phenomenon and it tells you that a wireless network essentially can support [1 over square
root of n log ] in bits per second per user. This means that there is a law of diminishing
returns: as the number of users increases, what you can provide to each user decreases and
so we cannot get rid of wires with this technology. As you try to accommodate more and
more people, each of us will have to give up some of our own throughput.

       We also understand architecture when we treat interference as noise. Here is an
order optimal architecture, so here are your random nodes. It turns out that you can operate
it in a cellular fashion, which means that you can divide up groups of nodes into cells, very
much like the cellular systems. All nodes choose a power level which is sufficient to reach
nodes in neighbouring cells. Basically, you can have nearest neighbour conversations.

       As far as the routing of packets is concerned, it turns out that you can pretty much
follow a straight line path, and such straight line paths will average out the load over the
network so that there are no hotspots. That is an order optimal architecture. That is what we
will get if we treat interference as noise and there is a law of diminishing returns, as I have
pointed out.

But is spatial reuse the right design principle?

       However, the fundamental question to ask is, is spatial reuse the right design
principle? Why do I want to challenge that? As I pointed out, spatial reuse, as we can see,



                                                    5
is not used in an enabling cell but further away. If you really believe in spatial reuse of
frequency, then you should believe that a sharper path loss is better for wireless networks.
What do I mean? As radio signals travel, their amplitude attenuates. This is a gradual
attenuation [on slide] and that is a more rapid attenuation. The philosophy behind spatial
reuse is that if you do not want to have interference from people further away then you
should prefer a sharper attenuation. If you believe in that, then you should believe that this
[on slide] is better than that. Or, to put it more colourfully, you should believe that jungles are
better than deserts for wireless networks, if that is true.

Is spatial reuse really the right way to operate wireless networks?

       The problem is that wireless networks are formed by nodes with radius, not with
wires. Therefore, to draw a picture like this is wrong, and it is reminiscent of wires. Actually,
you cannot see it here, but we have a whole bunch of antennae which are just radiating
energy. That is the picture of a network that you should have, with everybody talking away.
There is no a priori notion of links – nodes simply radiate energy and so the network is
Maxwellian rather than Kirchoff. In the Maxwellian world, strange things can happen. Nodes
can actually co-operate in much more complicated ways than they could in a wire-line
network.

       For example, it turns out that if somebody shouts in your ear at the same time as
somebody else is whispering softly, Shannon would actually say that was fantastic. In fact,
the louder this person shouts, the better. Why? Because, when this person shouts really
loudly, you can decode that person perfectly and subtract out that person’s signal if you know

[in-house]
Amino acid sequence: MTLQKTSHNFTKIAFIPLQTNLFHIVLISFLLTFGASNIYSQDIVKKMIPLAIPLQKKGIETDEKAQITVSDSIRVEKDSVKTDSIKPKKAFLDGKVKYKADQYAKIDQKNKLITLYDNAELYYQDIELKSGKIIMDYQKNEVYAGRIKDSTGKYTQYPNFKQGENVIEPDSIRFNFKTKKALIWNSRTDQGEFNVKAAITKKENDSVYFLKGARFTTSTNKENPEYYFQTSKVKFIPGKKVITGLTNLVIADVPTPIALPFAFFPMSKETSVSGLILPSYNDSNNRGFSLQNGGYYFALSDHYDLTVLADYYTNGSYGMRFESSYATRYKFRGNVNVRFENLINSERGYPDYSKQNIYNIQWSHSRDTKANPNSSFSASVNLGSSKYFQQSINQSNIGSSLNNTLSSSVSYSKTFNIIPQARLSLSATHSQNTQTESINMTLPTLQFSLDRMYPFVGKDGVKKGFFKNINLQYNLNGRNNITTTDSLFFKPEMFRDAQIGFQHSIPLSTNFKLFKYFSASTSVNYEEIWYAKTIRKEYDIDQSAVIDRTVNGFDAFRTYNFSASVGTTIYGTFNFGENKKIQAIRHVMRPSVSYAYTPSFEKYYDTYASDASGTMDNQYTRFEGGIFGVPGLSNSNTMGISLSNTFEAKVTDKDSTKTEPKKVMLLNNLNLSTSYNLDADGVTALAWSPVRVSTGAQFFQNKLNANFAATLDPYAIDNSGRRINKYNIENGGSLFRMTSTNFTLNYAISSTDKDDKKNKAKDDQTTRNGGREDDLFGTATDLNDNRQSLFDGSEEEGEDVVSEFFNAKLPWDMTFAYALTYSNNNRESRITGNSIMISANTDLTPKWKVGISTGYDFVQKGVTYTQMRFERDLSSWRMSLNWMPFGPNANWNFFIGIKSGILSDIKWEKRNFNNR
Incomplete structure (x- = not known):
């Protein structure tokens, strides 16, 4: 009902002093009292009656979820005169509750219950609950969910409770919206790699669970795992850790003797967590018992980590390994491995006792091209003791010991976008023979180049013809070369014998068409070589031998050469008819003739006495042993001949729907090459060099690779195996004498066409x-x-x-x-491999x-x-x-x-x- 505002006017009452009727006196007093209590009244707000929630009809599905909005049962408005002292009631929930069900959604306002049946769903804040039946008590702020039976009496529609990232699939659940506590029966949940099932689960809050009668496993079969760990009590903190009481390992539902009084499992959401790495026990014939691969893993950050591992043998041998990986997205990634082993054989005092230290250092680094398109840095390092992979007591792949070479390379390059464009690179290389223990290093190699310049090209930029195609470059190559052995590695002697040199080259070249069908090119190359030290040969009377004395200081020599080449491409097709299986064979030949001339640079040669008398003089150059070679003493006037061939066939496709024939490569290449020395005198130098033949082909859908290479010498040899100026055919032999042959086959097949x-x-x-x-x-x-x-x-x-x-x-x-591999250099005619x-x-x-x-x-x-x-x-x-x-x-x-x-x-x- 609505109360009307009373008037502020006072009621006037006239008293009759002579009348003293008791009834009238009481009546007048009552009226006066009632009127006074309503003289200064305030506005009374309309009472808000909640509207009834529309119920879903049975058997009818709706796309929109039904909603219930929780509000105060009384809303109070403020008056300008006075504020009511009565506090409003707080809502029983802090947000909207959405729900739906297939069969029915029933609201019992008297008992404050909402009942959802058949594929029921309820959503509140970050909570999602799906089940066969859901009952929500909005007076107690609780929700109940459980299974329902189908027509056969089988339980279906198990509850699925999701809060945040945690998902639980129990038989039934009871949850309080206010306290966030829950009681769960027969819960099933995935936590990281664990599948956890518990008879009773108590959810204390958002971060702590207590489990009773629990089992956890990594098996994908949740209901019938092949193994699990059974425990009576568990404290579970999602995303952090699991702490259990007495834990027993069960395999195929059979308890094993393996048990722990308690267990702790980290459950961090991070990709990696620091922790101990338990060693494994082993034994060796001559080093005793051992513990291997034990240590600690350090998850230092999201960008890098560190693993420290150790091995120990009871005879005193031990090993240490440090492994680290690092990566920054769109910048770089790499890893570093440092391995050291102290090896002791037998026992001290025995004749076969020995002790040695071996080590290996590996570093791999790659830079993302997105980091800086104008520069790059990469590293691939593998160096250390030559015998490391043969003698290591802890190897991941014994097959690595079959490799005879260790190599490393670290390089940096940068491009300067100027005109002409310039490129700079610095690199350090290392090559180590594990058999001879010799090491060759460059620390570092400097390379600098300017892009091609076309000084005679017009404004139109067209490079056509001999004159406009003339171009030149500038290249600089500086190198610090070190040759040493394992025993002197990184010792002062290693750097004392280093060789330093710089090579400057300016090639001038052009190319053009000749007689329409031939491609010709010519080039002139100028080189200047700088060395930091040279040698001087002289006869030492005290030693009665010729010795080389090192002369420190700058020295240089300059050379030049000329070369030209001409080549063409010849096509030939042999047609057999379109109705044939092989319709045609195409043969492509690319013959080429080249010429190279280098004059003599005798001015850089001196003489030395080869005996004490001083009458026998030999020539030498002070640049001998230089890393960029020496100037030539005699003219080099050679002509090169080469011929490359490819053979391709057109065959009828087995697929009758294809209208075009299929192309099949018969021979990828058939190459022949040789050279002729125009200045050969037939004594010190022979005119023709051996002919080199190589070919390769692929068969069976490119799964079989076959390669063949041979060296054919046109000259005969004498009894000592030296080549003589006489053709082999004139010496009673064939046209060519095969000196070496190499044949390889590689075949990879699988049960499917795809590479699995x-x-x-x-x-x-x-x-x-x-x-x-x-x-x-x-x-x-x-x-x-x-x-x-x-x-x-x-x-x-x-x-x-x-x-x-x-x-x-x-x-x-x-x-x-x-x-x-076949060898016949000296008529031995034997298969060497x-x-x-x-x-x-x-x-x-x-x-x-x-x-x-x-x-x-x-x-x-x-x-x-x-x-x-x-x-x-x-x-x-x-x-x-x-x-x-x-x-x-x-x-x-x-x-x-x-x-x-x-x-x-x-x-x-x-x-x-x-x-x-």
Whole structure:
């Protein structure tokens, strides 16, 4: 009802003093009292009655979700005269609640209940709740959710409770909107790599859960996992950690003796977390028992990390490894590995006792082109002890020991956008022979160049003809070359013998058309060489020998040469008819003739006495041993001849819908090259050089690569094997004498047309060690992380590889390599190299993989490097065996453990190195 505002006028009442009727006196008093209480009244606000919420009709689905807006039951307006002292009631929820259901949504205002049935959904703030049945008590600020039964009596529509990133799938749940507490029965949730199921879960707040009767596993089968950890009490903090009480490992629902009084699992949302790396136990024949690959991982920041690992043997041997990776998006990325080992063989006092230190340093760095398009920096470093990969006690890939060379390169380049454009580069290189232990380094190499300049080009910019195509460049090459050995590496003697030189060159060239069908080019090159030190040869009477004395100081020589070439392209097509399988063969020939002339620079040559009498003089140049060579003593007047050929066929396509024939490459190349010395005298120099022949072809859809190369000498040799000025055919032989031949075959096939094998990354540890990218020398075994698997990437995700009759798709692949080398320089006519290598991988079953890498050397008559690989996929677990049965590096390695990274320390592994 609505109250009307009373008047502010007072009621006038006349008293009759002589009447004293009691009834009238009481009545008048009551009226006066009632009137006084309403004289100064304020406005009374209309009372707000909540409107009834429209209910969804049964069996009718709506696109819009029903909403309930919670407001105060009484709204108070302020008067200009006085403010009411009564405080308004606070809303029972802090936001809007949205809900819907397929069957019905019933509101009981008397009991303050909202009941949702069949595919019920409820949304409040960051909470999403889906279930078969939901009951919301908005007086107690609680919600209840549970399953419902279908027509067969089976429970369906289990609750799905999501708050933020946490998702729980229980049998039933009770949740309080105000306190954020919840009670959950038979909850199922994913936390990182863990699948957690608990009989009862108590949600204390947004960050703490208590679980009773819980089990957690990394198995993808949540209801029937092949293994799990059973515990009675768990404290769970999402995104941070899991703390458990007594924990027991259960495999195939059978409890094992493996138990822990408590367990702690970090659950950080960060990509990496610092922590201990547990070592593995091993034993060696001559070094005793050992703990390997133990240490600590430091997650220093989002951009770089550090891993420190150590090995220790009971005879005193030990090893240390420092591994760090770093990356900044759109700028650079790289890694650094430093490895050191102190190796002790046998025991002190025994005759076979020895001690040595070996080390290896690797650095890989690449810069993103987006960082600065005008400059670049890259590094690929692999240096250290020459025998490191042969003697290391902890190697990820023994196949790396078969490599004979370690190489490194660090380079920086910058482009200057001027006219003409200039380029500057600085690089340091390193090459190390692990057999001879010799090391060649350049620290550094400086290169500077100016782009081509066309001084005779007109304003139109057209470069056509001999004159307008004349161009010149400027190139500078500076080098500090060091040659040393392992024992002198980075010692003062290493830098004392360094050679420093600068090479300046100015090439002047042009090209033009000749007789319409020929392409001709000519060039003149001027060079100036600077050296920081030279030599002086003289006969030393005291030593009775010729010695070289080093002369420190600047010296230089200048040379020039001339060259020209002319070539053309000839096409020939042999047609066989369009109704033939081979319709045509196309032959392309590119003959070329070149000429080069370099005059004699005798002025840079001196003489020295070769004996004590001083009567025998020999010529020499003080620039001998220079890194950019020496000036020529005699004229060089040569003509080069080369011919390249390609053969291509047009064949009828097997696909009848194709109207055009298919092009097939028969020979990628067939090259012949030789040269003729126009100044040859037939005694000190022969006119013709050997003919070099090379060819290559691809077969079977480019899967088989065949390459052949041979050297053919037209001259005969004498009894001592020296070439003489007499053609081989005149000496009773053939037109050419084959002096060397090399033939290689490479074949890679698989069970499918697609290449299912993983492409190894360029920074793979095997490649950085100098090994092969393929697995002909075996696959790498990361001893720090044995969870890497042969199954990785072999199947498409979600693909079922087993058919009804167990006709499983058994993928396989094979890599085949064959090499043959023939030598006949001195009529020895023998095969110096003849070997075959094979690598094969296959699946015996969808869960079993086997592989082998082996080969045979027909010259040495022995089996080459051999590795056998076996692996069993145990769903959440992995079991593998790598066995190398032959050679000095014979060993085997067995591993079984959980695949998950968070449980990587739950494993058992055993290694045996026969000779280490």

the channel activation, and pick up the whisper. It turns out that it is actually more difficult
and you can decode neither of them – so that when one is louder, that is actually better for
you.   The point is that interference is not interference: everything is information – even
interference – and the only question is how you deal with it.

       Here is another bizarre notion. We have this notion of signal to interference plus
noise ratio. Signal is the good guy and interference and noise are the bad guys, and this
ratio tells you how good the signal is, compared to what is interfering. Usually, we try to
mitigate interference but perhaps we can try to cancel interference actively, just as in your
acoustic sound-cancelling headphones. For example, this node could transmit something
which cancels the effect of what this node is transmitting at this point, so you can have co-
operative cancellation and perhaps you should try to reduce the denominator.

       Alternatively, perhaps you should not even buy into the digital revolution. Instead of
re-generating the packet at each intermediate node, why not just amplify what you heard,
without bothering to decode? In fact, the information is only intended for the final destination,



                                                 6
so why should you insist that intermediate nodes should be able to decode information? In
fact, if you are sending this information over multiple paths to your destination, then perhaps
it is only the case that the end-point has sufficient signal strength to decode the information,
and not the intermediate points. Thus, this architecture of decoding and treating interference
as noise limits itself from the start. As Shakespeare said, through Hamlet, the world is
extremely complicated.       The fundamental question is, what is the best architecture for
wireless networks? The point is that the design space is infinite-dimensional and there are
so many sophisticated things we could do. To get to the bottom of this, we have to seek
answers with information theory.

Network information theory

        As many of you know, information theory was invented by Claude Shannon in 1948,
about 60 years ago. A very celebrated formula, for example, is the capacity for Gaussian
channel which says that, if you have a spectrum of bandwidth (B), signal strength (S) and
noise strength (N), then this is the absolute limit on the number of bits per second of
information that you can transmit. So, for example, if you have a telephone wire and you tell
me how much noise there is on it, Shannon tells us exactly how much throughput that wire
can take. That kind of fundamental result allows for any mode of operation: no matter what
you do, you cannot beat this formula. This is fundamentally good because, once you have